It is clear that families in La Playa are struggling to survive. Many men work in the field, especially in the winter when it rains. In recent years, however, the rain has decreased so much that the men are no longer needed on the field. We speak of climate change. It is hot and it hardly rains.

Ich mit zwei Mädchen aus La Playa

Me and two of girls from La Playa

The girls from the country often work at the age of fifteen, mostly in the field, where they help with tomato harvesting. They do not go to school because they have to help in the household. I have met girls of this age who are not going to school anymore. They are timid and know that they have just as much a future as their mothers. They are hopeless and still have their dreams.

So I meet the 21-year-old mother of one of the little girls in our project. She tells me that she would like to study psychology, but she did not know exactly whether she would. Finally, she has a daughter to provide. She lives with her mother, sister and 5 children in a house.

The young women in Nicaragua depend on themselves and carry a lot on their shoulders at a young age. They have little chance of studying, as they have to help at a young age and are confronted with the problems of the family’s existence. It does not take much to study. At the public universities, enrollment is free of charge. It is the living conditions that the girls hold back.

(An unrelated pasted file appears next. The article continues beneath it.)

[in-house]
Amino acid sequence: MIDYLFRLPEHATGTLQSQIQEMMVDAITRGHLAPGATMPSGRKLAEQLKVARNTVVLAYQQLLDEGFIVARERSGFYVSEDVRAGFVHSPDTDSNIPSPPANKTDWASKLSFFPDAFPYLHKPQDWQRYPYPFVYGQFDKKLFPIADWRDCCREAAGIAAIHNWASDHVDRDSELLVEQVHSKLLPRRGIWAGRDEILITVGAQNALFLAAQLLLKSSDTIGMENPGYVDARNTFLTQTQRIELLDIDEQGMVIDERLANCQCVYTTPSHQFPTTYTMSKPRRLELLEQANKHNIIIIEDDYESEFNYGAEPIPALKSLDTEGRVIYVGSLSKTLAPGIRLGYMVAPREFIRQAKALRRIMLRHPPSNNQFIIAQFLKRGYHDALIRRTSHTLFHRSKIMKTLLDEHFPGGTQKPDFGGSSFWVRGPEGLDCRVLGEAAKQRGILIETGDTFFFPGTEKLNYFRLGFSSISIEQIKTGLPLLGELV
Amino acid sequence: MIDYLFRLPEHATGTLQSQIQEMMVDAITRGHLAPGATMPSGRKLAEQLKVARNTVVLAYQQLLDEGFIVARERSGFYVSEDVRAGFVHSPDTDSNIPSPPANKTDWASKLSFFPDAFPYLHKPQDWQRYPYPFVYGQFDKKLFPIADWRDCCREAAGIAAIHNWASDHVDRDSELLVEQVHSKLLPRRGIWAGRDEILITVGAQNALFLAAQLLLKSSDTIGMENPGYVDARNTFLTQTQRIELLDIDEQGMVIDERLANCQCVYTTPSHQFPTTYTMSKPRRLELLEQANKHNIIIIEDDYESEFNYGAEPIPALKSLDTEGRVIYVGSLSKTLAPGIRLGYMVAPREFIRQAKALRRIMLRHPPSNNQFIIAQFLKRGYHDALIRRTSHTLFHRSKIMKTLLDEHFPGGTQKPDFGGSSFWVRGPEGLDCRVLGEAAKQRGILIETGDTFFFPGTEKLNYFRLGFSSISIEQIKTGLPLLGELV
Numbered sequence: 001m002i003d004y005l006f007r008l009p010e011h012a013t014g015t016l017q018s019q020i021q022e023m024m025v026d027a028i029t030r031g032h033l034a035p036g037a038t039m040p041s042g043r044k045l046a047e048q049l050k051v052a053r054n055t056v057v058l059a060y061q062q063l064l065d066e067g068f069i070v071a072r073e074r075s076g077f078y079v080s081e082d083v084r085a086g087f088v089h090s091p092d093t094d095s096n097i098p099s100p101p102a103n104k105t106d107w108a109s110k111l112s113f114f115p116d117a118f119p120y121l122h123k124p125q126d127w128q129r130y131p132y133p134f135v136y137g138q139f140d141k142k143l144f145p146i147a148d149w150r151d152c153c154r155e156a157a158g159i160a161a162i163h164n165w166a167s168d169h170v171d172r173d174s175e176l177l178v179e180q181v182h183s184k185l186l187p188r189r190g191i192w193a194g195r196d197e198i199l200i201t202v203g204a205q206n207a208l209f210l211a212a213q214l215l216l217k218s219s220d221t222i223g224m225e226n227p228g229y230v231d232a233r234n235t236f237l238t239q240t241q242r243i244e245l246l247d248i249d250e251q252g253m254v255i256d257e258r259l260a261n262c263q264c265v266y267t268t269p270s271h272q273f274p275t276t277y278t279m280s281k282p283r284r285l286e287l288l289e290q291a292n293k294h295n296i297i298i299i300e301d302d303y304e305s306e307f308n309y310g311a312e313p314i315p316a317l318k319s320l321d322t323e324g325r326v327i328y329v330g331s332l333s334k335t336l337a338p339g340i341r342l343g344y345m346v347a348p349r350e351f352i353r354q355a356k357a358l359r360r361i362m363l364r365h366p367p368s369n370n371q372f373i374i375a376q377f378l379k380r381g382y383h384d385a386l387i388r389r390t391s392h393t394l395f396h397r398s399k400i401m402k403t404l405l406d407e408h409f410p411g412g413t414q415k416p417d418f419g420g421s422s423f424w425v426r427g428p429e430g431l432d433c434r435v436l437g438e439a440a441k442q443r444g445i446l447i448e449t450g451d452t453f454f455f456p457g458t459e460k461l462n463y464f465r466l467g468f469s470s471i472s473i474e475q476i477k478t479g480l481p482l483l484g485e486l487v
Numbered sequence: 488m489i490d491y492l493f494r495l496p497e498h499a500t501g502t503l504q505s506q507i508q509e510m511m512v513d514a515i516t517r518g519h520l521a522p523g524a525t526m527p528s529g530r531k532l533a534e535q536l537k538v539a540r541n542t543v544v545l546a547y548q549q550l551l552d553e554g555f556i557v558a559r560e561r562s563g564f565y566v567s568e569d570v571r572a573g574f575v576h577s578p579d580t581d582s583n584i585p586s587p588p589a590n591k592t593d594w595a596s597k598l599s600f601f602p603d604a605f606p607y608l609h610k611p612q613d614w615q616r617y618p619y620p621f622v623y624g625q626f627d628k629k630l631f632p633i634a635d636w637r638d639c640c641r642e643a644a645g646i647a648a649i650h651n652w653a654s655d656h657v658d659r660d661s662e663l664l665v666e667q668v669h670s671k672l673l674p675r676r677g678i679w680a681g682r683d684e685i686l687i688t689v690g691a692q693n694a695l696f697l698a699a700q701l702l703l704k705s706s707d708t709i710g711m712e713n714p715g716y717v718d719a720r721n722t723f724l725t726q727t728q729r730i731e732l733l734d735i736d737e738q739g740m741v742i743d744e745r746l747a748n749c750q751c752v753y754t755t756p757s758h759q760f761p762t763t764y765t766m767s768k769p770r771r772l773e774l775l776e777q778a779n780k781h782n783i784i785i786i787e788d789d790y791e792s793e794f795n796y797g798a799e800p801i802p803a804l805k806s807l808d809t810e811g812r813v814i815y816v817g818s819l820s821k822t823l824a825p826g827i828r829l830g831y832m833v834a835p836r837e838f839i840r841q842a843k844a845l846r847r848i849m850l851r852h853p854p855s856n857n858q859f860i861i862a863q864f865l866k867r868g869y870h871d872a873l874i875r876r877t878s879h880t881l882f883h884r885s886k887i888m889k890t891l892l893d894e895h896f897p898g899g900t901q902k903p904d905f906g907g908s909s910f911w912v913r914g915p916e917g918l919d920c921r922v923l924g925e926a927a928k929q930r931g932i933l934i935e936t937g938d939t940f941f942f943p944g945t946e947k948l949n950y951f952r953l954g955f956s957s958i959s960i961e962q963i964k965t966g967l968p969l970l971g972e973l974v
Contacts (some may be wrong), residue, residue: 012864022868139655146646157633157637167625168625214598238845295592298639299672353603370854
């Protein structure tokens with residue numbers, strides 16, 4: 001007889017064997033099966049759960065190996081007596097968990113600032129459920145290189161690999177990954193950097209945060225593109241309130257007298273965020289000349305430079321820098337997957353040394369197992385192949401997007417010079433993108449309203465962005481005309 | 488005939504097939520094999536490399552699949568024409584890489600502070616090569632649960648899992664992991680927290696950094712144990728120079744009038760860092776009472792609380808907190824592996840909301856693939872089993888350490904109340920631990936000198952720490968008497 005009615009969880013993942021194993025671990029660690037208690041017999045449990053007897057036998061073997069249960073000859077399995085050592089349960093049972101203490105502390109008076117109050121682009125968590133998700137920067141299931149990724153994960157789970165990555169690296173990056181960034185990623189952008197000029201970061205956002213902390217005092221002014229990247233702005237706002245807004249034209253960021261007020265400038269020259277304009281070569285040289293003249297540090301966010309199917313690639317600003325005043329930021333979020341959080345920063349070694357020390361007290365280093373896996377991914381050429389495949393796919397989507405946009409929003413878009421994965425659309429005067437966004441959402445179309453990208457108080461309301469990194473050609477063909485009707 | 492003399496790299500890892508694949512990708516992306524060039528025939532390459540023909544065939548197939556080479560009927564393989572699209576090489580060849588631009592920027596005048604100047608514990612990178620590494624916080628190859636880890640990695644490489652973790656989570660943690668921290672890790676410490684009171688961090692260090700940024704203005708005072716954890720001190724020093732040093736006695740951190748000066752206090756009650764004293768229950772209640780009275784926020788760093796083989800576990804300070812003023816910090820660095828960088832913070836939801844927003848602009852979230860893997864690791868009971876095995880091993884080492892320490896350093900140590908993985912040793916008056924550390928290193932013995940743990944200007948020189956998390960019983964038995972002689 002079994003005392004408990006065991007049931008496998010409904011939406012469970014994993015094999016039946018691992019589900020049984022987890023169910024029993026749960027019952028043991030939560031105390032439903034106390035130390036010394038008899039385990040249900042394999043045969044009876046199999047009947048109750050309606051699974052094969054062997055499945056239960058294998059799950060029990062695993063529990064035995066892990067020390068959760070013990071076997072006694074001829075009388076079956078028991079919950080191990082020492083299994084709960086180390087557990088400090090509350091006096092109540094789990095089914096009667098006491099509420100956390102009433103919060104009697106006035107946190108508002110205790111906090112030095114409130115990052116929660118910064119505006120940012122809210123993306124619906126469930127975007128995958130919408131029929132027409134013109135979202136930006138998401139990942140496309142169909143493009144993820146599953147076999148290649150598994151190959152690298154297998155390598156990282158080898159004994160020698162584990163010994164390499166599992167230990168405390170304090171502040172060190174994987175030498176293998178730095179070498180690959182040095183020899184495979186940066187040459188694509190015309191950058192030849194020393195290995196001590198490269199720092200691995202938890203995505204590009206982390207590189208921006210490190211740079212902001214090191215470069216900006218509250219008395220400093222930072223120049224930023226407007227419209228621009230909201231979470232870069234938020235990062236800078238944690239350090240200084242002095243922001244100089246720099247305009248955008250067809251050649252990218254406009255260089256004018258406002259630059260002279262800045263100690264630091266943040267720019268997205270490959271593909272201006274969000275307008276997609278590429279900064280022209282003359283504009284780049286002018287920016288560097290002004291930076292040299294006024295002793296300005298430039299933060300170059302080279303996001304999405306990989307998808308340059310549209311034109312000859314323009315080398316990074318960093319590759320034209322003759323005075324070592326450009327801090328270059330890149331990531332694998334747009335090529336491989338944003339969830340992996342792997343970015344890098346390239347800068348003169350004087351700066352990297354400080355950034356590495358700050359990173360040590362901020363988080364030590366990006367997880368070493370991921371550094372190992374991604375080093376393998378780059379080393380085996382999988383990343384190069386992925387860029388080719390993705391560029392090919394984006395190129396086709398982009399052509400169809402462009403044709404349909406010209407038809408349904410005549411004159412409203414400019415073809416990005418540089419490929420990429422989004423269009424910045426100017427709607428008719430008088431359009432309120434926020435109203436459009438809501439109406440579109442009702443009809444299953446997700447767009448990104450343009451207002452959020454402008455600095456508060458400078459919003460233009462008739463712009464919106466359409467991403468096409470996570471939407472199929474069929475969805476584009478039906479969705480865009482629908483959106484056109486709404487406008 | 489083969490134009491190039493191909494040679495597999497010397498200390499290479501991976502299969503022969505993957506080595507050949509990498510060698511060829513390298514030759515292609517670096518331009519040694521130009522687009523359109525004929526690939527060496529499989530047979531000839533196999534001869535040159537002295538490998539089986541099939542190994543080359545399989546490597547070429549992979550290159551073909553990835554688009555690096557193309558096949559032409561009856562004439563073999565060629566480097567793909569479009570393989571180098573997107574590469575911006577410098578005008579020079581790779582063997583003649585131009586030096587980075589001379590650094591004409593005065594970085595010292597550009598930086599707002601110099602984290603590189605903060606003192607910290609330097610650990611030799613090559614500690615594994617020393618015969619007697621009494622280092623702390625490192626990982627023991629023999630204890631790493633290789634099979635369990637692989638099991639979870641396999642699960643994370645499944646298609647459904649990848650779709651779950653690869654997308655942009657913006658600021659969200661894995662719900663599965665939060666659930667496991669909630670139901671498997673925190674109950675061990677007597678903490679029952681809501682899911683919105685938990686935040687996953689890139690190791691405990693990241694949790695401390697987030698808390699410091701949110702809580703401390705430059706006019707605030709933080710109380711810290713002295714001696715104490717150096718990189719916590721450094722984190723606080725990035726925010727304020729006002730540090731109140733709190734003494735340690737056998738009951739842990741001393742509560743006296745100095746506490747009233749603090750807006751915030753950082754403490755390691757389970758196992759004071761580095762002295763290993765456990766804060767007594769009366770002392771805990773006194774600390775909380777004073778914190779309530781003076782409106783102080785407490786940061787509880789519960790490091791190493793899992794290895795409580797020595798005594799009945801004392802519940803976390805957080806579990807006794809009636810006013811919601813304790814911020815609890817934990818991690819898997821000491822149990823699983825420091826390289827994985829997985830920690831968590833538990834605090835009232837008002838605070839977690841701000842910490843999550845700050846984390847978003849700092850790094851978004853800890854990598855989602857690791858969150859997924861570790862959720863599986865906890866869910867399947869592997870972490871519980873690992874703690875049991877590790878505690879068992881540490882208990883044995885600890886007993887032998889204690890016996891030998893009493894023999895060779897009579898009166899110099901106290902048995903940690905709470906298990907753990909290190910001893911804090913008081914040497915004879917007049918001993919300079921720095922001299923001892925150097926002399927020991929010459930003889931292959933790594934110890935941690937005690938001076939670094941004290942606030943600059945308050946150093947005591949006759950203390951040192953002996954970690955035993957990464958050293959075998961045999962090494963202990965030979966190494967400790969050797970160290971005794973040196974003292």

And the men?

Men rarely remain with their wives. Many women and even men have confirmed to me that the men are machos. This is particularly true of the rural area of northern Nicaragua. Many men disappear shortly after the birth of the child or already after announcing the pregnancy. They look for a younger friend and start a family with her. The women have to come alone on their own and are often dependent on other family members.

Im Garten einer Familie in La Playa

La Playa

In other cases, if the family’s father remains with the woman, domestic violence often occurs. The woman is dependent. She became an early mother, has not studied, and has no work experience. I learn from a woman that she only stays with her husband so she can study. Once she graduates, she will take her children and go. But that will still take time and the children will be exposed to the unbearable whim of the father. You do not want to know what is going on behind a closed door. The woman does not notice anything. She is young, handsome and has a sense of humor.

Many women realize that their husband is cheating them or running after other women, but they can not do anything. They do not want to jeopardize their children’s future.Fazit

The life in Nicaragua is not easy, but it is easier seen from our eyes. We put a lot of things on our shoulders, so that we are not caught up with pure boredom. In Nicaragua, the boredom is pretty normal. You have to wait for the next bus and if the next comes up in 40 minutes, then this is just the way it is. When I spoke to a friend from Nicaragua about life here, she briefly summed it up with a sentence: “If you want to be rich in Nicaragua, you have to improvise.”